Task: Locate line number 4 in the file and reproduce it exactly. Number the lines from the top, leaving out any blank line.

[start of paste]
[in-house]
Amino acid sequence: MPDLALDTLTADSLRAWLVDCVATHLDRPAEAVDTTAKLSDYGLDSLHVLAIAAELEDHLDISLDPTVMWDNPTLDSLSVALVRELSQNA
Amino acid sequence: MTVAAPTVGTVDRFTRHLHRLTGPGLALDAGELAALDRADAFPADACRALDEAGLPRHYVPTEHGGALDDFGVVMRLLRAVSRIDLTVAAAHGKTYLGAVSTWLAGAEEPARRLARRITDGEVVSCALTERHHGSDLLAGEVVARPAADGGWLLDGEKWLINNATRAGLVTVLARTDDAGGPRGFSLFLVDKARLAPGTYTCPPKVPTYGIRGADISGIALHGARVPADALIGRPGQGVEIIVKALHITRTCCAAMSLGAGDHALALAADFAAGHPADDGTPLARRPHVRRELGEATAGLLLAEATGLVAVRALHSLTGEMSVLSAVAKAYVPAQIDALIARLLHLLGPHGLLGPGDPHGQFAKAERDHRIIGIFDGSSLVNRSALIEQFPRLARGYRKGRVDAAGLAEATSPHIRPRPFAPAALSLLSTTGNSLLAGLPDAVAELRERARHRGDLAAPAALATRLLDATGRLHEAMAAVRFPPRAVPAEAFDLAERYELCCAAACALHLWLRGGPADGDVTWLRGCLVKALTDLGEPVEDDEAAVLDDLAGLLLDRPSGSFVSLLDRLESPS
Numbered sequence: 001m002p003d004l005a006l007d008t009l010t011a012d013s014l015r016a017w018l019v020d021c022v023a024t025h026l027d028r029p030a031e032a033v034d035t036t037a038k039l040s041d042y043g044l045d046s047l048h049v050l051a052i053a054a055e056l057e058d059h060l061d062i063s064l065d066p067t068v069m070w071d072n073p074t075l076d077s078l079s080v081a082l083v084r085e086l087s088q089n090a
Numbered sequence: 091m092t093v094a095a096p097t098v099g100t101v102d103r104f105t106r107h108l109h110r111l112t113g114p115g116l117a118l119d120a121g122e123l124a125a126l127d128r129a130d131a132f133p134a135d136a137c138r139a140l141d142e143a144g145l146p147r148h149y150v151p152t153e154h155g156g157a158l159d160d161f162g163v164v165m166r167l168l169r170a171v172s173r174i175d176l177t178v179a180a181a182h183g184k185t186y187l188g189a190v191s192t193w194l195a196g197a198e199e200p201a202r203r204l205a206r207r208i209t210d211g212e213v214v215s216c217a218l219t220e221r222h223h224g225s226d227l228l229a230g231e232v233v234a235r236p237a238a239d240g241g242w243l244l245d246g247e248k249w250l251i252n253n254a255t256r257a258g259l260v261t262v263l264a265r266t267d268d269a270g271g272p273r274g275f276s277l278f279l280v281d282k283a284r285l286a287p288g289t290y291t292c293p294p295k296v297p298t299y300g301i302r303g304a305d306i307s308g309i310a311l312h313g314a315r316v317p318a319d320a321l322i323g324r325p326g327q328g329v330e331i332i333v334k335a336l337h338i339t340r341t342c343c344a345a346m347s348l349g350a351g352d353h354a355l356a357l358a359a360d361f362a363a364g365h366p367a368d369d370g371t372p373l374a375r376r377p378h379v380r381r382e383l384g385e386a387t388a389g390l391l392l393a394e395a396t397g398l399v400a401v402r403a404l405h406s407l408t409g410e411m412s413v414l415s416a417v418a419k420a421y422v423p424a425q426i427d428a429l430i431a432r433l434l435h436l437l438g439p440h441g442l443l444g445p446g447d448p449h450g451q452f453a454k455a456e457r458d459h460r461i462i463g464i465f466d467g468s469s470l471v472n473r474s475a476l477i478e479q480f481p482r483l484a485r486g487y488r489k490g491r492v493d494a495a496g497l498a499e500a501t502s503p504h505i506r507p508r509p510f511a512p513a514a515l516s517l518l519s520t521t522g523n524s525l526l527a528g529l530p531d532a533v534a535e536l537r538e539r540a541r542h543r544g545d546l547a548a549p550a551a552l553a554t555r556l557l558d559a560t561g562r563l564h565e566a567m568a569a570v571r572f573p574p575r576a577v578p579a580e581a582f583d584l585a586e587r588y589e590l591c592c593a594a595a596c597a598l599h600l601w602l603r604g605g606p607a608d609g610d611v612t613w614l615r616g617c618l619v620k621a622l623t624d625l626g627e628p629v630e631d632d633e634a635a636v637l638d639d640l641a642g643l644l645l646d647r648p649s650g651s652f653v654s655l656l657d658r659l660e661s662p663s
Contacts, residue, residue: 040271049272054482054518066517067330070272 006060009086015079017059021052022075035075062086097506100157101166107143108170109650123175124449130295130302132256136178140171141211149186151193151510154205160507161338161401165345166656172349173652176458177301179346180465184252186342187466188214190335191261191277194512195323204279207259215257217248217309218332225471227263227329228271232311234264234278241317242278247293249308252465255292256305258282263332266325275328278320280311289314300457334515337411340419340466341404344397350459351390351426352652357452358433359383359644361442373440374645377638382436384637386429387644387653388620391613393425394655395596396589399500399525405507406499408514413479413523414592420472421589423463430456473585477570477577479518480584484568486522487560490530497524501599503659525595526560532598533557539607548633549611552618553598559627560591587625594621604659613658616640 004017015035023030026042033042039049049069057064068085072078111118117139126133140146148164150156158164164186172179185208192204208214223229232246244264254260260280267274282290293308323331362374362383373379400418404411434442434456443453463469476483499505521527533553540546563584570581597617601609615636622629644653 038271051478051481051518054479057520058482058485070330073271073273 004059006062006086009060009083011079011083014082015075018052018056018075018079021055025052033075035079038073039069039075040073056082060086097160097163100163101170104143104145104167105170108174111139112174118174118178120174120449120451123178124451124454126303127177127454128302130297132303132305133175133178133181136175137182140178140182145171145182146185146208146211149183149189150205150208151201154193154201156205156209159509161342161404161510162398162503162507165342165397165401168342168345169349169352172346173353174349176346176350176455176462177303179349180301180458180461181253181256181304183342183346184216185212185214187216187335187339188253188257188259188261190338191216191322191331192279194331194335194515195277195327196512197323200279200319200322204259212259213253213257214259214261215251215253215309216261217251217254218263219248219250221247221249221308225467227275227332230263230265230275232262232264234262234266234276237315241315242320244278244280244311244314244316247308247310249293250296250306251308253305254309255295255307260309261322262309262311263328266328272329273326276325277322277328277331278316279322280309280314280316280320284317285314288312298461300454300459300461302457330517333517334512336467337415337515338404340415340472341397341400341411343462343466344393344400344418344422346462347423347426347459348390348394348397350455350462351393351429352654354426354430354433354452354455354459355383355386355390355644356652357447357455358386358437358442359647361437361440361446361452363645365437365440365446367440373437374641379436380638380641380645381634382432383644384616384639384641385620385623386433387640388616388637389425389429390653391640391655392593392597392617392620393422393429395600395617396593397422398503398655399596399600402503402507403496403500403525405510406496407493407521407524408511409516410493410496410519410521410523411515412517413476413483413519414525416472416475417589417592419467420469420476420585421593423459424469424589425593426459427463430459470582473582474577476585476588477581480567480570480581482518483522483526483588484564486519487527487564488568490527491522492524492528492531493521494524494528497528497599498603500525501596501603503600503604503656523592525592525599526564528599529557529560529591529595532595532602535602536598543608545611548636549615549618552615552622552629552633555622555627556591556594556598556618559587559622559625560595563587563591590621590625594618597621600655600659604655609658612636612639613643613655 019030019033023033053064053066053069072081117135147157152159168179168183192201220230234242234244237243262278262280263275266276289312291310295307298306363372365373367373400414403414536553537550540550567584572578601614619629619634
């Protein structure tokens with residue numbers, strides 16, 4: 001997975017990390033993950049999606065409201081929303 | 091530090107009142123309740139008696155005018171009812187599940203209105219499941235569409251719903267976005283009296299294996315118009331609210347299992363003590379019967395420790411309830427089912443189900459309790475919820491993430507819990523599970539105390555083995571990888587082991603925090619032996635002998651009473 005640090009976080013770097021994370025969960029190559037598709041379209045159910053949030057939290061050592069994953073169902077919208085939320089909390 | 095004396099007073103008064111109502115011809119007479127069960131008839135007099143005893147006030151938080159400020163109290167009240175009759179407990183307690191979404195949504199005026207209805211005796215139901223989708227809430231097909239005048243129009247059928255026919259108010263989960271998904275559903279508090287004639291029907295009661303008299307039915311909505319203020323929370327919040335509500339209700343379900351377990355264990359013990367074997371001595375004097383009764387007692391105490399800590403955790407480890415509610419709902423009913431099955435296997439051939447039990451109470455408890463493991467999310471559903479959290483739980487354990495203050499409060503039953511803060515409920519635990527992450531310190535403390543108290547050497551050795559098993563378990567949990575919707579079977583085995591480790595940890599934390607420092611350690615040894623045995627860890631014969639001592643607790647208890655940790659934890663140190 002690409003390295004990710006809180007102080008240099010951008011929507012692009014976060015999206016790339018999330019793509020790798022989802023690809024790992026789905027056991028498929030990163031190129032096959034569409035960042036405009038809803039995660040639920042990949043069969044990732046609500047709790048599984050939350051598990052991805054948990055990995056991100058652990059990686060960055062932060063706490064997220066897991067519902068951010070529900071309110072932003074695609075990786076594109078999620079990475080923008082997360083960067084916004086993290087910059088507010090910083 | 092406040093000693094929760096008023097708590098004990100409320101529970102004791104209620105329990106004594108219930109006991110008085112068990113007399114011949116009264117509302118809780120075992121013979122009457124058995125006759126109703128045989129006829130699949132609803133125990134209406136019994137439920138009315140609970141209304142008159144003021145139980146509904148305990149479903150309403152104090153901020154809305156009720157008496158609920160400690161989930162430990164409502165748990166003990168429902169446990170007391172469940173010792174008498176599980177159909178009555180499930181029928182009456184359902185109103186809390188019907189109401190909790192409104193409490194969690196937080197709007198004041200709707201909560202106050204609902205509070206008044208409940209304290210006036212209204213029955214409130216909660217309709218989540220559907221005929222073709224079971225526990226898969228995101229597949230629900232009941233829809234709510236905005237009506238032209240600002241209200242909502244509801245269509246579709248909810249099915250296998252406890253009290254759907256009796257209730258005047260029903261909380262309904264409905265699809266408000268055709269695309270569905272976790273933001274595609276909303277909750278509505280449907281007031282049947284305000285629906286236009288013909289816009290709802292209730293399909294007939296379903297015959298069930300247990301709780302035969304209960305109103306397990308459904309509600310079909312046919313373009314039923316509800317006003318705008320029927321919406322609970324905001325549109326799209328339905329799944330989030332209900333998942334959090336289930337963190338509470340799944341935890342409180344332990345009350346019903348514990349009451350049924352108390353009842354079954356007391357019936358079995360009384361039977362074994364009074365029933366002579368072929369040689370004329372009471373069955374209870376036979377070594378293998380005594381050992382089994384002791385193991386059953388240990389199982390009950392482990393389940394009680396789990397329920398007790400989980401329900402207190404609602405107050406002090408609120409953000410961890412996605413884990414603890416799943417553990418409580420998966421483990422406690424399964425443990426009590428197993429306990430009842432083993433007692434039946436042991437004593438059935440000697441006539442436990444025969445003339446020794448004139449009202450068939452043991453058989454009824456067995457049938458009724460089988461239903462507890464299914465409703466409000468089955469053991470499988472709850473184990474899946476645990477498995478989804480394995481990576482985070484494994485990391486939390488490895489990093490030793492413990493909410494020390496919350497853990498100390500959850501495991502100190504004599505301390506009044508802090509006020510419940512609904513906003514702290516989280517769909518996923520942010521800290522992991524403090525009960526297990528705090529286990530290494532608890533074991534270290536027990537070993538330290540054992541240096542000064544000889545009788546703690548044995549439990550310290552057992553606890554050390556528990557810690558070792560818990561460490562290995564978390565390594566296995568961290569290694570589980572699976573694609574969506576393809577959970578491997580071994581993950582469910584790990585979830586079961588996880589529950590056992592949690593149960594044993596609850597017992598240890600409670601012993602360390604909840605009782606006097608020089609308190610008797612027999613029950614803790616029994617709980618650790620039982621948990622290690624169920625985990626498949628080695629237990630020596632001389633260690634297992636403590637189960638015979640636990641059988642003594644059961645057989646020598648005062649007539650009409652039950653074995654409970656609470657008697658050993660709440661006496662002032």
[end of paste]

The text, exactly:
Numbered sequence: 001m002p003d004l005a006l007d008t009l010t011a012d013s014l015r016a017w018l019v020d021c022v023a024t025h026l027d028r029p030a031e032a033v034d035t036t037a038k039l040s041d042y043g044l045d046s047l048h049v050l051a052i053a054a055e056l057e058d059h060l061d062i063s064l065d066p067t068v069m070w071d072n073p074t075l076d077s078l079s080v081a082l083v084r085e086l087s088q089n090a